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ABSTRACT: Evidence for Recent Migration of Geopressured Fluids along Faults in Eugene Island, Block 330 from Estimates of Pore Water Salinity


We estimated the pore water salinity of reservoir sands in the Eugene Island Block 330 Field using SP logs from about 50 wells. Our results show: (a) shallow reservoir sands (depths less than 1600 m) have higher salinities than deeper sends (depths greater than 2000 m); (b) salinity systematically increases with distance from the fault zone; (c) salinity estimated from SP logs taken after 1986 are higher than salinities calculated from SP logs taken in the early 1970s in shallow reservoir sands; and (d) salinity estimates for deeper reservoir sands do not vary with the age of the SP log. Pore water salinities estimated from SP logs are consistent with salinities measured from well head samples in the region. We interpret these results as evidence for recent expulsion of low salinity geopressured fluids along faults into sand layers in the overlying hydropressured Plio-Pleistocene section. Lower salinities and the absence of changes in salinity with age of the SP log implies that deeper reservoir sands are in hydrologic contact with the geopressured zone or have experienced an infusion of low salinity fluids during the production history of the South Eugene Island Block 330 Field.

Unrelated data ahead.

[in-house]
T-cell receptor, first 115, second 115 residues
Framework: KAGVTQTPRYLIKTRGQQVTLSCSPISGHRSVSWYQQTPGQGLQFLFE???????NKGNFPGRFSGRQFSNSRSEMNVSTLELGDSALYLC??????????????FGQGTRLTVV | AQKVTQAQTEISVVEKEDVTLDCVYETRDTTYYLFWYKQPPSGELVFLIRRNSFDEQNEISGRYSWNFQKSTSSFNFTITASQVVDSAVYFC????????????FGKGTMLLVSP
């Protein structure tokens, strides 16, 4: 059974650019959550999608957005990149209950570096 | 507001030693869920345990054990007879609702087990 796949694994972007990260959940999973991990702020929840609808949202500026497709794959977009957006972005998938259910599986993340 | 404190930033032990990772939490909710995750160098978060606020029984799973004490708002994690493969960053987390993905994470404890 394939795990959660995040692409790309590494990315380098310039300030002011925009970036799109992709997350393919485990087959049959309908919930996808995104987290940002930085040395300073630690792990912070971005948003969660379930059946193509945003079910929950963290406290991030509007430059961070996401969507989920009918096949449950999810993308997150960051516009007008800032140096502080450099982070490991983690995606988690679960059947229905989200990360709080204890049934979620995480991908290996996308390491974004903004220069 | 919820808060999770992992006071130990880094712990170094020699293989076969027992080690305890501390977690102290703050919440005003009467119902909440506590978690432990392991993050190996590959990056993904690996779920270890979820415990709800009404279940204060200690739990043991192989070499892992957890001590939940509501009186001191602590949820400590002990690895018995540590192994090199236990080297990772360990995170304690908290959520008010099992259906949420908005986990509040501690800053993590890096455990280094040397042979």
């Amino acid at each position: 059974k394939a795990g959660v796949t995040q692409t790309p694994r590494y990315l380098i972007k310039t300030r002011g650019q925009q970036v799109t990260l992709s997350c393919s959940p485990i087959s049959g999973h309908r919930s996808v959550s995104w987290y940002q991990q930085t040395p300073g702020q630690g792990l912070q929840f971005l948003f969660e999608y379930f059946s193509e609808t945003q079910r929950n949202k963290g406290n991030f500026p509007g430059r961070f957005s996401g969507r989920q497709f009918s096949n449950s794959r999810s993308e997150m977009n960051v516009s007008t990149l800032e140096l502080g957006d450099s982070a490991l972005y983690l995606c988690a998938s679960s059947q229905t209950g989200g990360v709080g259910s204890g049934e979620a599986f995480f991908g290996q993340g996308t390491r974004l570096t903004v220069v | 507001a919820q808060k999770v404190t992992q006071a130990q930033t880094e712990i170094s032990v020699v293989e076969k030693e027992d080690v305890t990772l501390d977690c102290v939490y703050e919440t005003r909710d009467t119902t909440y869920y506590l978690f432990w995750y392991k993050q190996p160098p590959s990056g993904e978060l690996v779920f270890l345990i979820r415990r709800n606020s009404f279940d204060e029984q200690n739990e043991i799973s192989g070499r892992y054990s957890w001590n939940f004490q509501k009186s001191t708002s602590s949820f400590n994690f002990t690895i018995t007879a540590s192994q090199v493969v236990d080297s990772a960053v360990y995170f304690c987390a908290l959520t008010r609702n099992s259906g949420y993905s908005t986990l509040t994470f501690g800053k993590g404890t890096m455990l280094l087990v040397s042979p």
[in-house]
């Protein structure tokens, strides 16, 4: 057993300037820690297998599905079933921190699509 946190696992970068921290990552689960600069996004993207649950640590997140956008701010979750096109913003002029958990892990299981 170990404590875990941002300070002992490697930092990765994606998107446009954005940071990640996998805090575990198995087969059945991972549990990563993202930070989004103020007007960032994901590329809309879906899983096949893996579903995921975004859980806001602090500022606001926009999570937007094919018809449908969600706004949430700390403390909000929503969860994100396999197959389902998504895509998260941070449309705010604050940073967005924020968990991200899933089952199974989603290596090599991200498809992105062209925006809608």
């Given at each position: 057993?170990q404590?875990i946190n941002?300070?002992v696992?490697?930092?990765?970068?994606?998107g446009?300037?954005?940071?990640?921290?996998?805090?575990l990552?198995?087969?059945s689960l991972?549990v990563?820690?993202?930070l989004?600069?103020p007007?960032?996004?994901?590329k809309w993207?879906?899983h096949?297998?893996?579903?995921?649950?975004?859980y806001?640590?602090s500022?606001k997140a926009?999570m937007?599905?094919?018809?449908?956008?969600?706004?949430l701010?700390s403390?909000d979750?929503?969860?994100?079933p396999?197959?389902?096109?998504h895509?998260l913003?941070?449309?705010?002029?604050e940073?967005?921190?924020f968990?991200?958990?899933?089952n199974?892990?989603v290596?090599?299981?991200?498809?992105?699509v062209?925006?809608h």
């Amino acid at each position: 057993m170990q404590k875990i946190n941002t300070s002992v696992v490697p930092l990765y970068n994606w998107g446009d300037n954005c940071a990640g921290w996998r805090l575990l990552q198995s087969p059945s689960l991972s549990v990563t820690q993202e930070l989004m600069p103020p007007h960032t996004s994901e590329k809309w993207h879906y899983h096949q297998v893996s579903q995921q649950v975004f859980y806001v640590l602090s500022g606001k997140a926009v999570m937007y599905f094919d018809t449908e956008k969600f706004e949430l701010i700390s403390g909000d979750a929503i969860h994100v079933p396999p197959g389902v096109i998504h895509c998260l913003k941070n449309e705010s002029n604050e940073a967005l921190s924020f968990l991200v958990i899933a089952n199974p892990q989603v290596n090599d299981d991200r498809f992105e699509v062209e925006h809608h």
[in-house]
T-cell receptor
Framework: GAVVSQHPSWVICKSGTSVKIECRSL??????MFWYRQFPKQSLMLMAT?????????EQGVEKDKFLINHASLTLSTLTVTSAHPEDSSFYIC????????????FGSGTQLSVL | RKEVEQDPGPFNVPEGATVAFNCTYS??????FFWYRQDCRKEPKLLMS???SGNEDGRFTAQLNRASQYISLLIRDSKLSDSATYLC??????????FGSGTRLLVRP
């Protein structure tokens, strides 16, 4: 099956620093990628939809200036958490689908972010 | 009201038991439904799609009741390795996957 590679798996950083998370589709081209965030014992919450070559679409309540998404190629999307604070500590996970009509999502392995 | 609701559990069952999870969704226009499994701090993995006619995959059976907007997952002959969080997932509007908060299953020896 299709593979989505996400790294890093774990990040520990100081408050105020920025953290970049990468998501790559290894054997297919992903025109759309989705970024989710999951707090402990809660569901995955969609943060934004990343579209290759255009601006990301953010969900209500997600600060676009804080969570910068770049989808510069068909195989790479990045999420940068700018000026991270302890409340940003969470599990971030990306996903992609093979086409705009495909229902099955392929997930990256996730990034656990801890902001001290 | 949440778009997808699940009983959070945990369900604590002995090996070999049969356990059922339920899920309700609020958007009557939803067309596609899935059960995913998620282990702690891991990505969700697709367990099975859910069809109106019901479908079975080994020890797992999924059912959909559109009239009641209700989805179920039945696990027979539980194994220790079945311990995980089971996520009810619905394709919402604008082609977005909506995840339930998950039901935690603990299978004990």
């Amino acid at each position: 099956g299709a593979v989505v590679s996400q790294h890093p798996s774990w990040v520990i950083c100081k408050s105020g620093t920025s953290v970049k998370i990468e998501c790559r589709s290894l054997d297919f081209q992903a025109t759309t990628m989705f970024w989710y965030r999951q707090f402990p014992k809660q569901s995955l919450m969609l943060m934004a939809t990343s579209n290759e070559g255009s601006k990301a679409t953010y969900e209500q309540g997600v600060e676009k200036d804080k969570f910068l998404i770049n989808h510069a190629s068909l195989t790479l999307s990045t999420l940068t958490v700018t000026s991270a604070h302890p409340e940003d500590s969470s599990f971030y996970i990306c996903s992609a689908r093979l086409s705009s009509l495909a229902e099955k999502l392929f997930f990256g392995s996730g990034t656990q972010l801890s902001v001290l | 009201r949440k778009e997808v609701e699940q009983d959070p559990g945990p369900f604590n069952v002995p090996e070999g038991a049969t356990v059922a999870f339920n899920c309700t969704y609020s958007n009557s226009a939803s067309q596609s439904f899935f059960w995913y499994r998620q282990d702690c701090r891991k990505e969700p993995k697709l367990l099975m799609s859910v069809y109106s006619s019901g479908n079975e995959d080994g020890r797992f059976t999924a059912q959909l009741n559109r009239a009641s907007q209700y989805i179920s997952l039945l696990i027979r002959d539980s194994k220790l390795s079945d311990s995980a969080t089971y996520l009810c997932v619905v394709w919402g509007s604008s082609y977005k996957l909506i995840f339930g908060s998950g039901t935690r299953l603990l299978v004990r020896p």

AAPG Search and Discovery Article #90941©1997 GCAGS 47th Annual Meeting, New Orleans, Louisiana